The Bring Your Own Device (BYOD) phenomenon has only been around for a short while, and it is growing all the time. What started with some employees pushing to use their personal smartphones for work has expanded to include tablets and notebooks. Some enthusiasts like to use their own gear at work, and more and more companies are adopting the practice for different reasons.
Whether a company is a Fortune 500 firm or a little startup, there is really only one reason to allow employees to BYOD. Increased productivity from workers using their own precious gadgets is the only reason to do it.
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The practice shouldn't be viewed as a way for the company to save money, and I hear from folks every day that see this at work. No, companies should only allow employees to use their own gadgets if it makes them more productive at work.
No matter how informally companies approach BYOD, there are long-term ramifications and costs that will be a result. Security is a big consideration, as employees expect freedom when using gear paid for out of their own pocket. They won't take kindly to a corporate lock-down of their phone or tablet.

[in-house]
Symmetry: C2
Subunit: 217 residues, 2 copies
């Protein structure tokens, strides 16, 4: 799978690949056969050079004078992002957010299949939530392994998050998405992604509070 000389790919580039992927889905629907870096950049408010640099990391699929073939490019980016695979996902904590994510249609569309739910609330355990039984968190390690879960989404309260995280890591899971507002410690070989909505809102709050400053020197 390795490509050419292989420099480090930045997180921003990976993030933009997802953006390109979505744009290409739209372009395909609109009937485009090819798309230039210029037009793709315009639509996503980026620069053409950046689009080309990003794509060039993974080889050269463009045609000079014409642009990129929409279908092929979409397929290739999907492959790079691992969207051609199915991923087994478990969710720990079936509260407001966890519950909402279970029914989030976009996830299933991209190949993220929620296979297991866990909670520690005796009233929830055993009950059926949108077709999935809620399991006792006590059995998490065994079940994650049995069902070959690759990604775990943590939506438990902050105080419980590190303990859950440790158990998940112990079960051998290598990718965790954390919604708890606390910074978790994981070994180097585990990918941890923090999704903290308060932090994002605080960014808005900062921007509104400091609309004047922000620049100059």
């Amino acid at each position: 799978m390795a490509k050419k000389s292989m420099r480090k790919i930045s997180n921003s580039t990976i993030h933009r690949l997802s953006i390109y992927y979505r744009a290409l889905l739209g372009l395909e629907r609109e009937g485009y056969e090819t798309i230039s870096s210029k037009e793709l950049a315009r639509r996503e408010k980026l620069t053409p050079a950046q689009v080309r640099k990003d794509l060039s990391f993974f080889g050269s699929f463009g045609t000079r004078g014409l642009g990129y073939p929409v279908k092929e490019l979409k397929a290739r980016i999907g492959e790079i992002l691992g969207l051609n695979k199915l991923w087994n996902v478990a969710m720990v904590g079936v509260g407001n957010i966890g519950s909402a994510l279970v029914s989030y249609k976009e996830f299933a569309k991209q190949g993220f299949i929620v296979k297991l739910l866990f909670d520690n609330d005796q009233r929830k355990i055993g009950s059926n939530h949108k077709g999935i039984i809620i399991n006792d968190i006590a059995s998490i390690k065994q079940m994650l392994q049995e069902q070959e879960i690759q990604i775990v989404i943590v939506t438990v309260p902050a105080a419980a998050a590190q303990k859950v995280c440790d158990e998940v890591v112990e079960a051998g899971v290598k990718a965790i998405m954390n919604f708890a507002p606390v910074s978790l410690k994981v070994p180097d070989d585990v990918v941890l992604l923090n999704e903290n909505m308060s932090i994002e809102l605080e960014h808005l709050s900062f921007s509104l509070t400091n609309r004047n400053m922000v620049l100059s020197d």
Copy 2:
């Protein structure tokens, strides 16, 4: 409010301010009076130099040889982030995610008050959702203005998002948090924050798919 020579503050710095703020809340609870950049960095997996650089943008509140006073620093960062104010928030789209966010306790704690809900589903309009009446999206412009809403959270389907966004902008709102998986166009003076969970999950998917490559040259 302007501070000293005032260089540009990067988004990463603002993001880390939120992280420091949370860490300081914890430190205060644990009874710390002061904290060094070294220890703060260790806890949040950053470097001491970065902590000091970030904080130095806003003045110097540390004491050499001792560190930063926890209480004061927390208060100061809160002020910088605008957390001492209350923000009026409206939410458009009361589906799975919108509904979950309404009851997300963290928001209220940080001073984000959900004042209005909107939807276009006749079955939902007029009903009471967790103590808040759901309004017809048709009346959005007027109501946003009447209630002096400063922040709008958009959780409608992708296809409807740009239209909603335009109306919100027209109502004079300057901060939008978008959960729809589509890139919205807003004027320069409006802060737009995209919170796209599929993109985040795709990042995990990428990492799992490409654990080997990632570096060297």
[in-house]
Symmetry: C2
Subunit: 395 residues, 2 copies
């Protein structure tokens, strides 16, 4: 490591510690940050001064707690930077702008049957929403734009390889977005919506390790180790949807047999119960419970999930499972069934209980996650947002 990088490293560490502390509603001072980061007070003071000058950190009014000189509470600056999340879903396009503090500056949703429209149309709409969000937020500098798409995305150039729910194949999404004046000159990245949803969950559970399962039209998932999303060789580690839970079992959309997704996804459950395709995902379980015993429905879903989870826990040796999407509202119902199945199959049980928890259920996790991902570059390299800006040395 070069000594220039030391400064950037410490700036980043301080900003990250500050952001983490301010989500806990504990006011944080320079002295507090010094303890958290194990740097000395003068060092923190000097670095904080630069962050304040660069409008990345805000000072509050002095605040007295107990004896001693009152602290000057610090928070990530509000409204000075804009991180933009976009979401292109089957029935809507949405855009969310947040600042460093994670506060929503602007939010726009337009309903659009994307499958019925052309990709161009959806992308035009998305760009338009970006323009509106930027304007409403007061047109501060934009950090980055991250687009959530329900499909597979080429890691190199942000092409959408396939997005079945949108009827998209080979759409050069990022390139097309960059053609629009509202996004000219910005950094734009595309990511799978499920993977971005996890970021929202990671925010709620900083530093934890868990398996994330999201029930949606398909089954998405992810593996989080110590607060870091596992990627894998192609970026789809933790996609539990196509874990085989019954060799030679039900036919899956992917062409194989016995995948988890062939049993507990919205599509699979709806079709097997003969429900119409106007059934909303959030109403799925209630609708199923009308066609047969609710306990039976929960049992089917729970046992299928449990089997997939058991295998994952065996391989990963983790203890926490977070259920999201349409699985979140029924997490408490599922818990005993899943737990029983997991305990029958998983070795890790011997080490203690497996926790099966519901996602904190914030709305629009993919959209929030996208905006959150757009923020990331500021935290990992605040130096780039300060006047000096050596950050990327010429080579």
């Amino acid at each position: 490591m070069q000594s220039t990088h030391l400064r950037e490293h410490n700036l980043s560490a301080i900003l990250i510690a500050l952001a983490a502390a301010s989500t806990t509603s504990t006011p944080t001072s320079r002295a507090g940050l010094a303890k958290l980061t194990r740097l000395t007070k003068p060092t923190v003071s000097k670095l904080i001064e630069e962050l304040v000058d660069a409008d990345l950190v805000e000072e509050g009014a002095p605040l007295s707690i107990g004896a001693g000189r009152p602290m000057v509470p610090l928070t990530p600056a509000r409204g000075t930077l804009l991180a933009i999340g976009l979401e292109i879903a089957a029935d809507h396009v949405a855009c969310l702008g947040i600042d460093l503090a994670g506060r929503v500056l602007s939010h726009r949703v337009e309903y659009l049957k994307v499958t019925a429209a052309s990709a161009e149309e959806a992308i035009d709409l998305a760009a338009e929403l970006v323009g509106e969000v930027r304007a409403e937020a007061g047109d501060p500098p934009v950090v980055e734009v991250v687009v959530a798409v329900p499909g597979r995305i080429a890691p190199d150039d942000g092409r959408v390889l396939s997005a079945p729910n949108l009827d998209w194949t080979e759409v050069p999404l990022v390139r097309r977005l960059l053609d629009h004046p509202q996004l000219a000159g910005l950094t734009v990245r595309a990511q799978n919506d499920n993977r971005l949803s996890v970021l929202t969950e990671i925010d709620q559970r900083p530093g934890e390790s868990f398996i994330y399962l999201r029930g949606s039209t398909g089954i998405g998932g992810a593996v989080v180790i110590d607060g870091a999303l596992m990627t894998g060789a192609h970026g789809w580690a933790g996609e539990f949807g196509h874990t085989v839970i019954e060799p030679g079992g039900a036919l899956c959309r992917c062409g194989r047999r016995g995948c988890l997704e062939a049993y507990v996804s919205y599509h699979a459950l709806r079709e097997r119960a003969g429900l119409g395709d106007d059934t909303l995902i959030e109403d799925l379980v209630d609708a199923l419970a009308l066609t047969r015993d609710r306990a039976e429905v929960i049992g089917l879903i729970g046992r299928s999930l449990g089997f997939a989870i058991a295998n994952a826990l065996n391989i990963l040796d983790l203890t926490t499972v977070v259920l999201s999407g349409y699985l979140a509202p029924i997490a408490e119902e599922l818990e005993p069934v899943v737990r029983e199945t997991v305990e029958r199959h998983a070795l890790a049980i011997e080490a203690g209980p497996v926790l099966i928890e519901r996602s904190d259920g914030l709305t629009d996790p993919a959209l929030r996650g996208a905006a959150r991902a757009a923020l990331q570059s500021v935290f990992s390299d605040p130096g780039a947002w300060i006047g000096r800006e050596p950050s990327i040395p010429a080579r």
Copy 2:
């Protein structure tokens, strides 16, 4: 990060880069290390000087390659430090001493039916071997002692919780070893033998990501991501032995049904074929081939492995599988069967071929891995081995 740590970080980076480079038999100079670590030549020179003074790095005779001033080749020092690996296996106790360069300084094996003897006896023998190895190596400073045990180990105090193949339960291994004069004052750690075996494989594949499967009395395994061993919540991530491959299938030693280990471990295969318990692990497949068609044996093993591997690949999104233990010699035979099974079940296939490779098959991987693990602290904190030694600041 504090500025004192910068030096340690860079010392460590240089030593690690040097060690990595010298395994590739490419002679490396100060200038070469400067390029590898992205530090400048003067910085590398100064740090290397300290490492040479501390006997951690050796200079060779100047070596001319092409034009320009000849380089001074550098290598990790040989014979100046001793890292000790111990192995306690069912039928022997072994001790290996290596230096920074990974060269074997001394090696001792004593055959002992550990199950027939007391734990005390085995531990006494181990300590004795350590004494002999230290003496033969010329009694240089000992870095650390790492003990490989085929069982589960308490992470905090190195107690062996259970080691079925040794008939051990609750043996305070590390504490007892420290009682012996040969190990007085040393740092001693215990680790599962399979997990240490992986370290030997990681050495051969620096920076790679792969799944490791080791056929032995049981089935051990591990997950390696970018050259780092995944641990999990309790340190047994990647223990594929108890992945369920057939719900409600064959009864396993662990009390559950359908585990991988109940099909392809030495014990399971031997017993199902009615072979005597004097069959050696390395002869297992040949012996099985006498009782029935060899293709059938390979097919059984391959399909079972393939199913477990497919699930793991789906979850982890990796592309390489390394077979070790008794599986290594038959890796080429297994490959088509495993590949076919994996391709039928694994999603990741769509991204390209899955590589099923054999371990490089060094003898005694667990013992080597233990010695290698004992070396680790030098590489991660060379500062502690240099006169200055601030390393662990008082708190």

Allowing workers to bring their own gear to save the small company money is the worst reason of all for BYOD. This is business, and companies must pay their own way to play. Putting the burden of buying gear on the employees is going to backfire at some point. People are quick on the uptake, and once they figure out you're taking advantage of them your morale will tank.
Companies large and small are trying to figure out how to implement BYOD in the best way for their business. The security issues are not trivial, and support of personal gadgetry a potential nightmare for the enterprise. Most companies will come to realize that letting workers bring their own gear costs them money in the long run.
While it may seem to be a morale booster to let employees use their own iPhones and Android phones, the benefits to the company of doing so are quite small. Especially when you compare those benefits to the potential problems it creates.
If bringing their own gear to work results in a big jump in productivity, then and only then will the practice reap rewards. All other benefits are trivial and potentially costly to the company in the long run. This is no different than any other practice affecting the employees.
We've been grousing about the choice of inferior hardware our companies foist upon us for years. But we've used it productively because it was required of us to do so. That hasn't changed just because of BYOD. The bottom line is what is in the company's best interest?